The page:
BTW, this filter doesn’t looks right. Show me the Graph Model you are using. Cuz if you are a user, you are not “Berlin” right?

This was not a real use case. I just gave a sample filter condition. It can be anything.
According to the paper, if I understand correctly, Dgraph query executor engine is smart enough to reduce filtering of multiple conditions with AND connections.

If this is the case Dgraph is really good on the filtering execution.
I just want a confirmation -if possible- of my understanding.
It would be also nice to write a blog / doc page to reveal internals of query execution plans.
It is always important for developers to understand how the query executed internally.
Thank you.

There is an execution plan feature in the roadmap. Soon you gonna see it. Dunno when.

1 Like

From the paper:

Dgraph paper itself tells that we can optimize queries by ordering the filters.

For example:
Query 1:
@filter(NOT uid_in(<0x7>) AND eq(city, "Berlin"))

Query 2:
@filter(eq(city, "Berlin") AND NOT uid_in(<0x7>) )

Query 2 will be way more faster than the Query 1.
Because the first condition reduces the dataset and the second condition can operate on reduced dataset.

This is important fact for us as DQL users.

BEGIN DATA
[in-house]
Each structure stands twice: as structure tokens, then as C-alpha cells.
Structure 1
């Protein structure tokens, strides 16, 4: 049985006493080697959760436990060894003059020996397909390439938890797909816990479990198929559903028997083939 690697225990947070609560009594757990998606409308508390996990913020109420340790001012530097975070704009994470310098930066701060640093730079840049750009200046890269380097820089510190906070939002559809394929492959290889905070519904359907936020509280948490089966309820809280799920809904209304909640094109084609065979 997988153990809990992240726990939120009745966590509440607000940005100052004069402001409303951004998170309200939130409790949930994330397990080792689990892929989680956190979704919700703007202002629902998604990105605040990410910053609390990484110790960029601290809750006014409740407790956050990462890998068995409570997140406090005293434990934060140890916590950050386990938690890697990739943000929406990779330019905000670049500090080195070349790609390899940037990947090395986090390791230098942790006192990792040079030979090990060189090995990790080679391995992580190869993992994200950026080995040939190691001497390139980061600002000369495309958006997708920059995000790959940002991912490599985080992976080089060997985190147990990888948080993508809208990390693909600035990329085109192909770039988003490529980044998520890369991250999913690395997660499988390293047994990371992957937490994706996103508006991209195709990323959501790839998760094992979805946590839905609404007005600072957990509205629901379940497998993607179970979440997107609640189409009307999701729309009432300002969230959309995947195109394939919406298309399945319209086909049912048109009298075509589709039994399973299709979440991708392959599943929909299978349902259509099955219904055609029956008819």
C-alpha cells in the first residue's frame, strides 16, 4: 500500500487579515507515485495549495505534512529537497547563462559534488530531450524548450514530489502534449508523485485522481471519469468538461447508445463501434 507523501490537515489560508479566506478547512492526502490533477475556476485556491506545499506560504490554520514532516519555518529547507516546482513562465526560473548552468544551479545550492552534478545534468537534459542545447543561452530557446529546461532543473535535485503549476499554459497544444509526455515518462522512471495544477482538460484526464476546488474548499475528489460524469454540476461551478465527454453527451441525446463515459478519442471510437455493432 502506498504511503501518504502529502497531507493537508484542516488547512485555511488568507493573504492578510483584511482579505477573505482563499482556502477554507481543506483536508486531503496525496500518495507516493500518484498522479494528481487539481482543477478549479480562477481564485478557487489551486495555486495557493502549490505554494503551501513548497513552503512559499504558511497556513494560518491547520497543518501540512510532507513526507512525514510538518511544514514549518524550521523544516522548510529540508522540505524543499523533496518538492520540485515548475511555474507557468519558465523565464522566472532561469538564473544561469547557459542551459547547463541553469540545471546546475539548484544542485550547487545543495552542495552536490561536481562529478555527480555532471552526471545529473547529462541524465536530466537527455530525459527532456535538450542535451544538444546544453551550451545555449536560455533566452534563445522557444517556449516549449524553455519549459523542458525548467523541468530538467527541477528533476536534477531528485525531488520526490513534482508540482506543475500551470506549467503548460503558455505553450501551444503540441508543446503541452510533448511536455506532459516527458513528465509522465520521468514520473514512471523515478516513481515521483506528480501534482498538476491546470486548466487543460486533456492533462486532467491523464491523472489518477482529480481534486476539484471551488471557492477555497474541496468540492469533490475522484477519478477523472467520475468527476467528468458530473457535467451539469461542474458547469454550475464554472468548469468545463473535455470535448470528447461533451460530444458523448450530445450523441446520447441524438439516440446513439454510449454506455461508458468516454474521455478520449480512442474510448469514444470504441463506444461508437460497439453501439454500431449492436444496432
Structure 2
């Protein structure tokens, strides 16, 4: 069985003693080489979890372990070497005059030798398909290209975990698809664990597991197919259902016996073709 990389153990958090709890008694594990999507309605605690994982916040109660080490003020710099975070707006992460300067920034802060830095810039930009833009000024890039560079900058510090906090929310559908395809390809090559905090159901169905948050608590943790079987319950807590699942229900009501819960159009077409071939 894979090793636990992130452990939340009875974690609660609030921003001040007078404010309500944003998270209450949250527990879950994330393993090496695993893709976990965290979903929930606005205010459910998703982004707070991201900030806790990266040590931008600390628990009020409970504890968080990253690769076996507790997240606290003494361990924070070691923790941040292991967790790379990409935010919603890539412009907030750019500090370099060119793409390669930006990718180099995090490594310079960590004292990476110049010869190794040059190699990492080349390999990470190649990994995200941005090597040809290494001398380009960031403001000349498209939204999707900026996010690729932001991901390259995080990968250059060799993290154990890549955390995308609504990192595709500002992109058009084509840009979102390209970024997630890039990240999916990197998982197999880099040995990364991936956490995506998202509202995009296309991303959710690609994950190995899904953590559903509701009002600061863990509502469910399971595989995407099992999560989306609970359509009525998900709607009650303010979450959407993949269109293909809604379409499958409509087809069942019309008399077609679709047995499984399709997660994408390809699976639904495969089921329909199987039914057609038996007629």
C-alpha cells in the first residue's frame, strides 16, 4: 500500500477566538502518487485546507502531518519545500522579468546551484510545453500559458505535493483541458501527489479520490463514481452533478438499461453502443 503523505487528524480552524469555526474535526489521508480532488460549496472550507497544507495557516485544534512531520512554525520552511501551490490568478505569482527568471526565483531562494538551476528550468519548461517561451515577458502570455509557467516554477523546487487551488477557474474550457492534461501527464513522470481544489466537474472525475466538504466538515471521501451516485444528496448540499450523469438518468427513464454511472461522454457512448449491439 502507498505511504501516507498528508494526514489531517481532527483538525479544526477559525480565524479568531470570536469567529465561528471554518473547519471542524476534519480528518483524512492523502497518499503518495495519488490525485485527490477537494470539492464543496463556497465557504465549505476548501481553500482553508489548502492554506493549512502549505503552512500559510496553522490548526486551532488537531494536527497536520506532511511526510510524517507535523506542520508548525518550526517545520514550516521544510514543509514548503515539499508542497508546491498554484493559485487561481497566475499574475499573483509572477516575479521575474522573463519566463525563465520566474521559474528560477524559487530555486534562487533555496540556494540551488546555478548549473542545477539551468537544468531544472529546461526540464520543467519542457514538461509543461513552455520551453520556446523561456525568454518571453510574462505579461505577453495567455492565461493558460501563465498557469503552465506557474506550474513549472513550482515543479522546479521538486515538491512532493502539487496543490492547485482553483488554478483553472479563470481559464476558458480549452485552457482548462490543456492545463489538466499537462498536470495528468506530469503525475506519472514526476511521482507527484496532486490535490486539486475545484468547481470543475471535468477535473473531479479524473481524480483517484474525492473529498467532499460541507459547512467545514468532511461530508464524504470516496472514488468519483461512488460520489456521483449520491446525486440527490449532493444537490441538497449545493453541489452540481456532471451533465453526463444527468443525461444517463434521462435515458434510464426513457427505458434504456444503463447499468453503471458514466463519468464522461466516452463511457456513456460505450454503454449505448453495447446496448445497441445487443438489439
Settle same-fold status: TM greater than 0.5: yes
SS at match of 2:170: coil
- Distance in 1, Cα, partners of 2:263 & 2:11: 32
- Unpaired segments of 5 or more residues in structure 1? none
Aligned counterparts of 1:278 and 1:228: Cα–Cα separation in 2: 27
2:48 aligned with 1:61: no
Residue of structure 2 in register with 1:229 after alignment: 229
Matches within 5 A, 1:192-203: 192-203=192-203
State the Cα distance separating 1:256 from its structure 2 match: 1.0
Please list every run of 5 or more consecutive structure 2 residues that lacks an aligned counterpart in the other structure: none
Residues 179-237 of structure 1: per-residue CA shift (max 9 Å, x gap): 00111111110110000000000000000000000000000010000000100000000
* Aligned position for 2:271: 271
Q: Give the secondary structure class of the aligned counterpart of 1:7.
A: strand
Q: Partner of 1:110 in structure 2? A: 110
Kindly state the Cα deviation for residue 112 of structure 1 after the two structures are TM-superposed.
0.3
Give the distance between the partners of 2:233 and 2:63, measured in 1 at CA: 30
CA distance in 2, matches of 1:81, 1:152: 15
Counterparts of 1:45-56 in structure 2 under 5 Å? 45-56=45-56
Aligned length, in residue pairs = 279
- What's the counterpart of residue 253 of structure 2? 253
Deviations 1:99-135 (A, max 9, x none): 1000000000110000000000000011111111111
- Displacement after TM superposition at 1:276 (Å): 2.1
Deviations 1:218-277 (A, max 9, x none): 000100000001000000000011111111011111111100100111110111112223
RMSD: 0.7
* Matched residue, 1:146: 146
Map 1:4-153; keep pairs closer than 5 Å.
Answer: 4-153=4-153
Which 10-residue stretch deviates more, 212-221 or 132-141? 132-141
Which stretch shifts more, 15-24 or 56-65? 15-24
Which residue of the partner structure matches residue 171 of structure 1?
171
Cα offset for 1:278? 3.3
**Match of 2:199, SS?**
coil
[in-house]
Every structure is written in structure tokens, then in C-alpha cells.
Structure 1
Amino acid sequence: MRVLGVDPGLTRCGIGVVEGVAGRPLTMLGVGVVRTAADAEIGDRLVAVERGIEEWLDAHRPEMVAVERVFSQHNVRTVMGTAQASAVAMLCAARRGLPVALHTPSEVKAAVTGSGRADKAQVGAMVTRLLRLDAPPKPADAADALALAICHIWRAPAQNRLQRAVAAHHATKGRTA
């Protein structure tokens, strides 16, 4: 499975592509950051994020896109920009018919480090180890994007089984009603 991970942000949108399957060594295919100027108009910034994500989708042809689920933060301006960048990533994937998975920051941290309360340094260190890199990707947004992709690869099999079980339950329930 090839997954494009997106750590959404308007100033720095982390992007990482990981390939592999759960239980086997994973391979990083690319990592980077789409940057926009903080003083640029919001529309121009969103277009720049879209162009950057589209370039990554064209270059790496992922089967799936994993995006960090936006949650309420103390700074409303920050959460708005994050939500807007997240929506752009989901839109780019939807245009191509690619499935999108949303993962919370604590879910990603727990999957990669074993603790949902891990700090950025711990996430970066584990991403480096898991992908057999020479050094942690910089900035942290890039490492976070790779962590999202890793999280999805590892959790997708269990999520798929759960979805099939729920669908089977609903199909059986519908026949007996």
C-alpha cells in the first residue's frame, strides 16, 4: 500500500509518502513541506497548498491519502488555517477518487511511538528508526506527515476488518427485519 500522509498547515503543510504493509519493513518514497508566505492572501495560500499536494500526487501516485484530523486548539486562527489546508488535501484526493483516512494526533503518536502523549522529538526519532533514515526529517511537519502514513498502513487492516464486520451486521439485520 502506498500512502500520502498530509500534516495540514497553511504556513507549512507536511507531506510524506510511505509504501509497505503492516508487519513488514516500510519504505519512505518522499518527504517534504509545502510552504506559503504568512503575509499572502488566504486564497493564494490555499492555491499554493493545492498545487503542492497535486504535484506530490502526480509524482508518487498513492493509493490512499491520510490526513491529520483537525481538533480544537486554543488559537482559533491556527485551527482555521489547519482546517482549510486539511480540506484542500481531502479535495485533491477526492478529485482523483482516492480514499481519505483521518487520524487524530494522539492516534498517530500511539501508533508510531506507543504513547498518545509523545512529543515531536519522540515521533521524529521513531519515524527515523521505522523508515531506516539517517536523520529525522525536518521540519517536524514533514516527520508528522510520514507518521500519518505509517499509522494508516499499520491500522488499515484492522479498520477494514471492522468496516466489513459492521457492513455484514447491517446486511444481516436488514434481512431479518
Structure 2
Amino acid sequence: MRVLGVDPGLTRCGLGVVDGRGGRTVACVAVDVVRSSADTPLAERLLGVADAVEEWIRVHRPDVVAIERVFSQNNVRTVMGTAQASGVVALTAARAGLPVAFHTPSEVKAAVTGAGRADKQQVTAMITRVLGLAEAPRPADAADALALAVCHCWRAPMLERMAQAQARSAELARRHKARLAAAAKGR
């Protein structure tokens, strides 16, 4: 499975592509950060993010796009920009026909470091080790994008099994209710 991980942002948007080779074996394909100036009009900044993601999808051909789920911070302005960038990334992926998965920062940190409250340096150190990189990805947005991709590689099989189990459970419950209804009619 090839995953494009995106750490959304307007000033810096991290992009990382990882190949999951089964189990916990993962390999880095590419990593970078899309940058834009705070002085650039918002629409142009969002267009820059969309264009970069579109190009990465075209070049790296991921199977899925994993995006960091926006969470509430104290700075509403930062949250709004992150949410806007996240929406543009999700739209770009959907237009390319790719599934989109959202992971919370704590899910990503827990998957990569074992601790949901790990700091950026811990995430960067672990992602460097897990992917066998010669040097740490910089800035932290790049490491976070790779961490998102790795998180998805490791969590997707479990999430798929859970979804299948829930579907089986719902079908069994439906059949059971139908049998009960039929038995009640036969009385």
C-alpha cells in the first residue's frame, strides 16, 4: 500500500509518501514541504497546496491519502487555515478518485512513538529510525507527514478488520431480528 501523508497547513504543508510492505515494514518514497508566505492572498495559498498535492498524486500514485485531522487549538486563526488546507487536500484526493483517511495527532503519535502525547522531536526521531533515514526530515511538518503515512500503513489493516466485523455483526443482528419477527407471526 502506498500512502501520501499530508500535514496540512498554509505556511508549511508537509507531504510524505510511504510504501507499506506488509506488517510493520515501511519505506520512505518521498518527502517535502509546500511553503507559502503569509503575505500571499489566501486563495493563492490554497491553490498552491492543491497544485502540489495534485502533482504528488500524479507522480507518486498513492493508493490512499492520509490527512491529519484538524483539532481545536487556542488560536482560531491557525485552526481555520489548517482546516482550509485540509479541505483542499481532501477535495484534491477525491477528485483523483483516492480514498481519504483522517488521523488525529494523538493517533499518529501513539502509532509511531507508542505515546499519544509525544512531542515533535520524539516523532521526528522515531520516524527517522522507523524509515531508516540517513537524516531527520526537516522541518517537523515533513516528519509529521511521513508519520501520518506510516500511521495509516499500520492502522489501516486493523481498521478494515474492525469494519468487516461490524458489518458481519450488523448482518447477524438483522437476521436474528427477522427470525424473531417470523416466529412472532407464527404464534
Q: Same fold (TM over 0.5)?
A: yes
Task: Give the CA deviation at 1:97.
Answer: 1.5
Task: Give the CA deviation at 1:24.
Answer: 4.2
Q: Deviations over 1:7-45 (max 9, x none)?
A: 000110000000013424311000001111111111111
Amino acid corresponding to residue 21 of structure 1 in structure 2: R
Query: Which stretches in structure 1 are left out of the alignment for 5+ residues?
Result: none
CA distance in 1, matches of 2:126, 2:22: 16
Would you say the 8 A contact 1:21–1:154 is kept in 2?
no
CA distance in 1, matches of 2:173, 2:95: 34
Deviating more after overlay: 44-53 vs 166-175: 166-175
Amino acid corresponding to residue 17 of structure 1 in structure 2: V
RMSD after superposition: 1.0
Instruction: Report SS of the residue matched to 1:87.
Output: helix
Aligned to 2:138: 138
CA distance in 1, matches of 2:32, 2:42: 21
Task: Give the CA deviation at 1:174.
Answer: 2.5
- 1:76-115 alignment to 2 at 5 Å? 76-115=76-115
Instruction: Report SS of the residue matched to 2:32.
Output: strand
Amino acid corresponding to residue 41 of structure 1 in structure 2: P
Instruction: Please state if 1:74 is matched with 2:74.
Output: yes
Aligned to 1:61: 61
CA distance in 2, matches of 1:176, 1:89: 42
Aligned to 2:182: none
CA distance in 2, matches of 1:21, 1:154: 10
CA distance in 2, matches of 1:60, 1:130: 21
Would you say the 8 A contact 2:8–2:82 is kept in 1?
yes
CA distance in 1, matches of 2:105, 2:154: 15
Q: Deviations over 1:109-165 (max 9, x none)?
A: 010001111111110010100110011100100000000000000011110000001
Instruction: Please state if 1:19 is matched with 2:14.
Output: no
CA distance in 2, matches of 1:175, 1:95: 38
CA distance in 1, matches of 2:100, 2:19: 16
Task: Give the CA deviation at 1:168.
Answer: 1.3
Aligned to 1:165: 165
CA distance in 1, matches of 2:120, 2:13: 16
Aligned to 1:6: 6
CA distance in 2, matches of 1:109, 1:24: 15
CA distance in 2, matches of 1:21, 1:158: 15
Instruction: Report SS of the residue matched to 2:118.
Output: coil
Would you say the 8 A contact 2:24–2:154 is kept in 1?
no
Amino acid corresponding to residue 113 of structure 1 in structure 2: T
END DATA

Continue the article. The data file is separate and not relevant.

Can you confirm my understanding if it is true so far?

Thank you.

Not sure if the second will be fast. As any query with UID is the fastest way of querying. The other needs to apply eq() in the edge or check the index table.

NOT uid_in(<0x7>) )
result is huge. entire dataset except 1 node. That is why it would affect the performance.

Not the entire database, just all of the nodes that eother came from the parent edge or root function. So it is only EVERY node except one, if in your root function you are selecting EVERY node. But that would be a poorly designed query. Start smaller and expand larger as often as you can.

There are cases that you cannot reduce on root level. For ex uid_in function is not supported in root function.

So logically, if you want to use the uid_in function, which says gets the nodes that are linked to uid(s) along <predicate>, so at most the root function should be has(predicate)

Has(predicate) retrieves entire dataset.

Still not clear what is your query root. A filter directive will be applied to the nodes coming from that query root. It is the query root that will determine whether it is a huge response and poor performance.

Also, the order of the filter params doesn’t have much difference. Just the fact that UIDs are a thousand times easier to process than inequality. If you have the UID in hand, always use the UID as the main param. And multiple query blocks, cuz it runs concurrently. So it boosts the performance of the query.

If uid_in would be supported in the root. It would use has filter under the hood.

It is not important what the query root is. I am talking about query filter execution plan.

Lets say the query root function reduces the dataset to N nodes.